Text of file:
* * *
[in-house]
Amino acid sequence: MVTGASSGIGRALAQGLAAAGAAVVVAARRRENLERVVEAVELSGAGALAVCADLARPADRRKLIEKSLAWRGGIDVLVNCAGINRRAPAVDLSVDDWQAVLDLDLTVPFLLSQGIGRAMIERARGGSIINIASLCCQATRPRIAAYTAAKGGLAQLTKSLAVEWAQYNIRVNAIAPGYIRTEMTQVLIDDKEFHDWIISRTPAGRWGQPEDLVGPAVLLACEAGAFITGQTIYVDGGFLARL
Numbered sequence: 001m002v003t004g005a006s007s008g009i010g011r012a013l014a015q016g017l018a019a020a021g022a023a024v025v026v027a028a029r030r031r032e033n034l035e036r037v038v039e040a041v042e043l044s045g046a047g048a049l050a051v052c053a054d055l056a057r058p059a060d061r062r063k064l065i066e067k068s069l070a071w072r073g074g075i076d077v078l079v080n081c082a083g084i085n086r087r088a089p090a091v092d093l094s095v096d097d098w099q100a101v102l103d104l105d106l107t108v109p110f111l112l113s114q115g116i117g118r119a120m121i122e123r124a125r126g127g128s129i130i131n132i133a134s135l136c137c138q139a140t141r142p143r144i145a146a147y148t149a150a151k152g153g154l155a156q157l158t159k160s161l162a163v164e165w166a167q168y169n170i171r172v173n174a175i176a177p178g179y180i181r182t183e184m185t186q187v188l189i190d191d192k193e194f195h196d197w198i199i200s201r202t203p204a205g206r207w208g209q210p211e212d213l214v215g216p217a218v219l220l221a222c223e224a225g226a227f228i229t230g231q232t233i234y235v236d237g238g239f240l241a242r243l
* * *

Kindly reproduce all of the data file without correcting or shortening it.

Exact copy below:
[in-house]
Amino acid sequence: MVTGASSGIGRALAQGLAAAGAAVVVAARRRENLERVVEAVELSGAGALAVCADLARPADRRKLIEKSLAWRGGIDVLVNCAGINRRAPAVDLSVDDWQAVLDLDLTVPFLLSQGIGRAMIERARGGSIINIASLCCQATRPRIAAYTAAKGGLAQLTKSLAVEWAQYNIRVNAIAPGYIRTEMTQVLIDDKEFHDWIISRTPAGRWGQPEDLVGPAVLLACEAGAFITGQTIYVDGGFLARL
Numbered sequence: 001m002v003t004g005a006s007s008g009i010g011r012a013l014a015q016g017l018a019a020a021g022a023a024v025v026v027a028a029r030r031r032e033n034l035e036r037v038v039e040a041v042e043l044s045g046a047g048a049l050a051v052c053a054d055l056a057r058p059a060d061r062r063k064l065i066e067k068s069l070a071w072r073g074g075i076d077v078l079v080n081c082a083g084i085n086r087r088a089p090a091v092d093l094s095v096d097d098w099q100a101v102l103d104l105d106l107t108v109p110f111l112l113s114q115g116i117g118r119a120m121i122e123r124a125r126g127g128s129i130i131n132i133a134s135l136c137c138q139a140t141r142p143r144i145a146a147y148t149a150a151k152g153g154l155a156q157l158t159k160s161l162a163v164e165w166a167q168y169n170i171r172v173n174a175i176a177p178g179y180i181r182t183e184m185t186q187v188l189i190d191d192k193e194f195h196d197w198i199i200s201r202t203p204a205g206r207w208g209q210p211e212d213l214v215g216p217a218v219l220l221a222c223e224a225g226a227f228i229t230g231q232t233i234y235v236d237g238g239f240l241a242r243l